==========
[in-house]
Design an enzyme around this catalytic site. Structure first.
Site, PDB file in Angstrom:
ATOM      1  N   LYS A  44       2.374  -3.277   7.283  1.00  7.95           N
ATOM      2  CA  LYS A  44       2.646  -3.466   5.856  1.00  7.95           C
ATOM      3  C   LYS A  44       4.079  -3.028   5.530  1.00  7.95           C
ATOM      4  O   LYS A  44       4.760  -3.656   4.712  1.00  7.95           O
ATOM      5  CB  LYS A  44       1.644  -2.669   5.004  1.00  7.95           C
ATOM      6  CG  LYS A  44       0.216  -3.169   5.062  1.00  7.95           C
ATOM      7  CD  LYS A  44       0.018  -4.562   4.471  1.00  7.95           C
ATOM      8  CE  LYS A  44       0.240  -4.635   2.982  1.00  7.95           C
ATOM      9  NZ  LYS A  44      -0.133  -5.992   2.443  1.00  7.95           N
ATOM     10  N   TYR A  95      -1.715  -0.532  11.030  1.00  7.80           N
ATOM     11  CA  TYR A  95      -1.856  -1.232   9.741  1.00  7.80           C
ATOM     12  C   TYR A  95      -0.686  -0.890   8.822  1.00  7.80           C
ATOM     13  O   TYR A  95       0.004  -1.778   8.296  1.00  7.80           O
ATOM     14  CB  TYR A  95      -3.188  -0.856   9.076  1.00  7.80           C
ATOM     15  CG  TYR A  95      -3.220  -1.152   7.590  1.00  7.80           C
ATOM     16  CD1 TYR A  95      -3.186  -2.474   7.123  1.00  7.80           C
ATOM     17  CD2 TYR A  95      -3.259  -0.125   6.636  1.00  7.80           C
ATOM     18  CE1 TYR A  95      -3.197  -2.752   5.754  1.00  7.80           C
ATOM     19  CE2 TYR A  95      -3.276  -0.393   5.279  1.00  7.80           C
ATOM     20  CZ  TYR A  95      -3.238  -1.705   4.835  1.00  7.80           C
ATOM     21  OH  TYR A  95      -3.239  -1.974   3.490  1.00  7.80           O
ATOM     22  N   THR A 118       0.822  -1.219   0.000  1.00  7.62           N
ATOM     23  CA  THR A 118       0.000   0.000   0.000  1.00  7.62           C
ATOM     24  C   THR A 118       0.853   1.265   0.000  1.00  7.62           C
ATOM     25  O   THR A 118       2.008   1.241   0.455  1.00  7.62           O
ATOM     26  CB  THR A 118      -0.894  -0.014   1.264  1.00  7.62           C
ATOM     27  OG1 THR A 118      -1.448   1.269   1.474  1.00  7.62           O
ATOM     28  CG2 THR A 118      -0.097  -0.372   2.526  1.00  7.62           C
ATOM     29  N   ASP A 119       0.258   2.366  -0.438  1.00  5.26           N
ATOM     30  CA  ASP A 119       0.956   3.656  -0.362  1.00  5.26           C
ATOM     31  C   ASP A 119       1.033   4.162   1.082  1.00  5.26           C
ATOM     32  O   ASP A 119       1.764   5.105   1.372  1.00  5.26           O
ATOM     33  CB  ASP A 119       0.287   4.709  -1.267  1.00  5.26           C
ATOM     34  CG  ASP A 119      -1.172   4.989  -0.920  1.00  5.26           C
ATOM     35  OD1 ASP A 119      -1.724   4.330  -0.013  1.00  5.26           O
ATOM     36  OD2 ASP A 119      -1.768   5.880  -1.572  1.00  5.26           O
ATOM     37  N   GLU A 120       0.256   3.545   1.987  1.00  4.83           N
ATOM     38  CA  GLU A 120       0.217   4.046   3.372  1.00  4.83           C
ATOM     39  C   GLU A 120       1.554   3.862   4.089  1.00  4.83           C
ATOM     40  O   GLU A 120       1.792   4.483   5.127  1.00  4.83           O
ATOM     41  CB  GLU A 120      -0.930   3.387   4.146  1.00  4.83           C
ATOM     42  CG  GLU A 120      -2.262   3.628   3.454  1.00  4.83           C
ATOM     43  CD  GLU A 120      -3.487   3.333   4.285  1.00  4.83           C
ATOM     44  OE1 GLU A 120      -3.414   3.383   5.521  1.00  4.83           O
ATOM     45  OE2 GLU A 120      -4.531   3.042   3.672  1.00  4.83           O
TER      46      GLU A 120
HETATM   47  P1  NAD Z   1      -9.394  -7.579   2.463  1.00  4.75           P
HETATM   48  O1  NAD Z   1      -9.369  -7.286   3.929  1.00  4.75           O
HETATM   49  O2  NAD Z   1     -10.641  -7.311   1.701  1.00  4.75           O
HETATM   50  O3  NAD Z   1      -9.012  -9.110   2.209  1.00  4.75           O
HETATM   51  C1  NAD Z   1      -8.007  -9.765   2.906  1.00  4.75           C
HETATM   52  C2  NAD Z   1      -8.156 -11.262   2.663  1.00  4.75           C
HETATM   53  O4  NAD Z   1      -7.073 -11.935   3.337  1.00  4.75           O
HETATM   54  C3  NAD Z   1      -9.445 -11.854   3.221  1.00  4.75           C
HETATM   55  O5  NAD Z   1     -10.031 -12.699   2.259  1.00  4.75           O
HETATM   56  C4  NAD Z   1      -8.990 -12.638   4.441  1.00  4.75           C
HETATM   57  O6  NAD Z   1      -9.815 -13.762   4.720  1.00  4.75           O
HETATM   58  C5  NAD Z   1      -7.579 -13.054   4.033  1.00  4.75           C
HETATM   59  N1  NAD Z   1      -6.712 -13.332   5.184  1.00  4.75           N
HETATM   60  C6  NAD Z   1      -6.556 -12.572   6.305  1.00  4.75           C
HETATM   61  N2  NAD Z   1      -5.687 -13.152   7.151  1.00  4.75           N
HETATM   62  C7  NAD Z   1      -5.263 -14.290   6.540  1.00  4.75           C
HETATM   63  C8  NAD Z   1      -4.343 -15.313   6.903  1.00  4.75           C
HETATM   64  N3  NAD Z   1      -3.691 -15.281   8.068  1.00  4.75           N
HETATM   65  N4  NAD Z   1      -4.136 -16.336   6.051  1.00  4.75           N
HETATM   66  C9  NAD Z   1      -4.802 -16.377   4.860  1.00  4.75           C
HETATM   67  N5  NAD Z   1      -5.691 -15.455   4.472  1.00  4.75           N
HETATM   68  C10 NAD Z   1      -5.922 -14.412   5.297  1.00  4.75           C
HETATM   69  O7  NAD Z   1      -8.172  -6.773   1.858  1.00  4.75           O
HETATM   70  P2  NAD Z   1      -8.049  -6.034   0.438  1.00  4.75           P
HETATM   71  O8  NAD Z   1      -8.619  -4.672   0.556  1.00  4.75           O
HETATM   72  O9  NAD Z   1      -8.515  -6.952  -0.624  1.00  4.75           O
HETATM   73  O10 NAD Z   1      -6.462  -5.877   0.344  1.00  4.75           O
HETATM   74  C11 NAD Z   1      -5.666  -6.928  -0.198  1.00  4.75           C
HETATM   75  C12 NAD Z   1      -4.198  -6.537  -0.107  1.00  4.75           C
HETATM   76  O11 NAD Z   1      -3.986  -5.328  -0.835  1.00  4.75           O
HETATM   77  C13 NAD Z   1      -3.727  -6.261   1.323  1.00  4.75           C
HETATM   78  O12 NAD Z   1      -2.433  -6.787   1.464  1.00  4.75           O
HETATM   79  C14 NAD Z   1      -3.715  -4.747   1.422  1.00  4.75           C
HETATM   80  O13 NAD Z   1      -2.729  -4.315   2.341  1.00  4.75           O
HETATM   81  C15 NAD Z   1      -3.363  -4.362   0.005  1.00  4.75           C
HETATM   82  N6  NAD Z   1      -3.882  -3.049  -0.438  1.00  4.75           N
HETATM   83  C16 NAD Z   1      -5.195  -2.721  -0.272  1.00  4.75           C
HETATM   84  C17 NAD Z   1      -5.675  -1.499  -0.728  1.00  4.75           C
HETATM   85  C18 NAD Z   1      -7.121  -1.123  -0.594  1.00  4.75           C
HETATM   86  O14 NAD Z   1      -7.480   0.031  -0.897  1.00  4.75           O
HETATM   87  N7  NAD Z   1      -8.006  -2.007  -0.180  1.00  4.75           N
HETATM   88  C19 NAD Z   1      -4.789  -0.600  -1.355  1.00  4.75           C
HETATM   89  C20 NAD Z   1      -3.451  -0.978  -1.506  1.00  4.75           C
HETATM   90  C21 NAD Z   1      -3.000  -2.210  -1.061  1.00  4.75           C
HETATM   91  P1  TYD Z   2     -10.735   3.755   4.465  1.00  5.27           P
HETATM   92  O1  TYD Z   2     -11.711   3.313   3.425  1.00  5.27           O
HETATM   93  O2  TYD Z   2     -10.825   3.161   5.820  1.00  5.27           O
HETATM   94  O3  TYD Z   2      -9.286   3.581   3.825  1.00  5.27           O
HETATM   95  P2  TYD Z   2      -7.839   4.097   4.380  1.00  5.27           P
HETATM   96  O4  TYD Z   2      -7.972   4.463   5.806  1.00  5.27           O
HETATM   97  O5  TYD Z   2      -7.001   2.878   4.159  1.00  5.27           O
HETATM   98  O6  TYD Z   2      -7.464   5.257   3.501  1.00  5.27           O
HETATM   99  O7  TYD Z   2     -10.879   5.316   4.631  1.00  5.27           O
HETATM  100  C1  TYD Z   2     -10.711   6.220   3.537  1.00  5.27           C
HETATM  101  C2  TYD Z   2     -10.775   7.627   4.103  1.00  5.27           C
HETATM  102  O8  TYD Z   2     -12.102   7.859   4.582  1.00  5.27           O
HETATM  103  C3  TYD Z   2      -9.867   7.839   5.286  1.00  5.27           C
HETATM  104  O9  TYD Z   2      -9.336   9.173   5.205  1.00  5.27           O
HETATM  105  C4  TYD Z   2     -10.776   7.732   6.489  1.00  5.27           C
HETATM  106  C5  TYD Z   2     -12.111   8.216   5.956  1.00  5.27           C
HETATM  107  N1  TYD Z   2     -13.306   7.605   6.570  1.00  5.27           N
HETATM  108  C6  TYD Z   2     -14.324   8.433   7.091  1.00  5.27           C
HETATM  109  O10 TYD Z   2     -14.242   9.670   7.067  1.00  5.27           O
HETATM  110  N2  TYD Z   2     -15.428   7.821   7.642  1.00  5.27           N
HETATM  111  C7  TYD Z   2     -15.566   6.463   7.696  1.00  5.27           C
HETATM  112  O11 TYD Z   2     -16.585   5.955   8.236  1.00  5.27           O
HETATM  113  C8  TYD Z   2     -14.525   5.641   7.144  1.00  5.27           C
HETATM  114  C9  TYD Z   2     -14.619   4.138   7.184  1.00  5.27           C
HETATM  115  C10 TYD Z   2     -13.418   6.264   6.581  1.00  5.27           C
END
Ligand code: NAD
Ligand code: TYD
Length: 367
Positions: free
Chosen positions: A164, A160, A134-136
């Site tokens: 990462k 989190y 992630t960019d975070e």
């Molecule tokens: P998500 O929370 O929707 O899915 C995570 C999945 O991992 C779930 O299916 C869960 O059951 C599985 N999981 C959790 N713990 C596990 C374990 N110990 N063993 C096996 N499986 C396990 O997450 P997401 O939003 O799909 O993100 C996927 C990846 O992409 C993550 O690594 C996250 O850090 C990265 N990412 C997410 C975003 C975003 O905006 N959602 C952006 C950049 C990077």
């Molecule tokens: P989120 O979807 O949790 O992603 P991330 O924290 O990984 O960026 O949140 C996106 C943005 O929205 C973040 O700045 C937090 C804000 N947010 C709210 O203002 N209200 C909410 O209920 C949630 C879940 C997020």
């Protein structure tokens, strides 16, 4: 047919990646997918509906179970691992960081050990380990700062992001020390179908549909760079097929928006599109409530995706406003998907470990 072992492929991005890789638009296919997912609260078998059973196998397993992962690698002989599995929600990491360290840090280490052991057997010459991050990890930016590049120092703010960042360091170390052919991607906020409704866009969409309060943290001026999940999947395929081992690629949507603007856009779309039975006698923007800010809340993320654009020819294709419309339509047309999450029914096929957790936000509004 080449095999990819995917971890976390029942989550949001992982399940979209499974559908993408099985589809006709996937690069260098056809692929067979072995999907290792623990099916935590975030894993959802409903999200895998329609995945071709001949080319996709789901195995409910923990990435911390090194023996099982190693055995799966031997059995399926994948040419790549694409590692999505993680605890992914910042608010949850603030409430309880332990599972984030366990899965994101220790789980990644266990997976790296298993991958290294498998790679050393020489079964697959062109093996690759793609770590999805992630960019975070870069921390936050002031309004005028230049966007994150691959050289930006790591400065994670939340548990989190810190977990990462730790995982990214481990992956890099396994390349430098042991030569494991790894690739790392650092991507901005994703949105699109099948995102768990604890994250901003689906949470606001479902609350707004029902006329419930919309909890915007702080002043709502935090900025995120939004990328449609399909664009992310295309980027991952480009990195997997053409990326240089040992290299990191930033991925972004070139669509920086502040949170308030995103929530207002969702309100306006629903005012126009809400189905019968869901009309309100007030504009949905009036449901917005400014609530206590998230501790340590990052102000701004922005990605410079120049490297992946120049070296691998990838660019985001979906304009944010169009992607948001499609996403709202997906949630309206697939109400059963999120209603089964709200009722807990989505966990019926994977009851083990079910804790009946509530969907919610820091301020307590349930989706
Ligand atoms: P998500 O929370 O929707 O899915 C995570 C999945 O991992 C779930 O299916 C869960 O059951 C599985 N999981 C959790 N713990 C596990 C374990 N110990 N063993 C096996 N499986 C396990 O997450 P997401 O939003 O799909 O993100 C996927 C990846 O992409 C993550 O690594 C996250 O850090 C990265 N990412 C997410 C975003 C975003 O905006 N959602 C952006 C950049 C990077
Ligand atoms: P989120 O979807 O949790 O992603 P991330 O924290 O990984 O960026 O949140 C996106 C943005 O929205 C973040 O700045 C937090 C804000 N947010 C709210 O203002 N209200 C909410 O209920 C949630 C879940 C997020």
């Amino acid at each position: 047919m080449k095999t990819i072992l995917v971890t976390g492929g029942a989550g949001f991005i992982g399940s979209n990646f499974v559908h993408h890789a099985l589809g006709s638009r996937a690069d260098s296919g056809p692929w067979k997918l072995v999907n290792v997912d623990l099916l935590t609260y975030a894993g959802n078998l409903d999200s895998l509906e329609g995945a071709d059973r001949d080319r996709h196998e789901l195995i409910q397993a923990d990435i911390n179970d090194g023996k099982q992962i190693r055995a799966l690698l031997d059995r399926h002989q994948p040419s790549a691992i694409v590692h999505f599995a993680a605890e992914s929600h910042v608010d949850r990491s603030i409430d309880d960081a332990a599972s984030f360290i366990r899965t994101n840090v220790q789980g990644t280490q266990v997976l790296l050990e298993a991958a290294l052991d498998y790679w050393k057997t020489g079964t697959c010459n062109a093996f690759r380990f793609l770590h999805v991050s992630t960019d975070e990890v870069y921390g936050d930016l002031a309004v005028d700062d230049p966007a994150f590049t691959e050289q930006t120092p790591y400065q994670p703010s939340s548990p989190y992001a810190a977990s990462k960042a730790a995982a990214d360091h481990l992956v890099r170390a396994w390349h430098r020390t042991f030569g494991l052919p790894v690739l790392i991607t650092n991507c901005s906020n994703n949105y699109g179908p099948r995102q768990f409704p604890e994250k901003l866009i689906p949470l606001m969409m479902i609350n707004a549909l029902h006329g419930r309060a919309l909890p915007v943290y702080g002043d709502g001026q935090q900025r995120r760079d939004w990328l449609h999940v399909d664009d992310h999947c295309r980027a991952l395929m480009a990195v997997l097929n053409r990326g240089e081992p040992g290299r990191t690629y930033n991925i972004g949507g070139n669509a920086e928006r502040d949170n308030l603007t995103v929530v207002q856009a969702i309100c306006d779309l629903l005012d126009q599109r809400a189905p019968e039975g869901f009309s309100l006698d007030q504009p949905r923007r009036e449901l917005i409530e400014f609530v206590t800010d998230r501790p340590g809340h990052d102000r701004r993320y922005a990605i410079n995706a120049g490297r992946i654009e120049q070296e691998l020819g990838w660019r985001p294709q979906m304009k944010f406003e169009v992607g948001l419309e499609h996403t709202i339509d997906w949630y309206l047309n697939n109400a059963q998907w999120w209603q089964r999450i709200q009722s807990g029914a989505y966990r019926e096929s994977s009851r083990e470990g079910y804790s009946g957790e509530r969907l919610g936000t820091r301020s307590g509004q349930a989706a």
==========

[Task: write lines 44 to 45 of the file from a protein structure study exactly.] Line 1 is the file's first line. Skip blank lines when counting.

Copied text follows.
ATOM     41  CB  GLU A 120      -0.930   3.387   4.146  1.00  4.83           C
ATOM     42  CG  GLU A 120      -2.262   3.628   3.454  1.00  4.83           C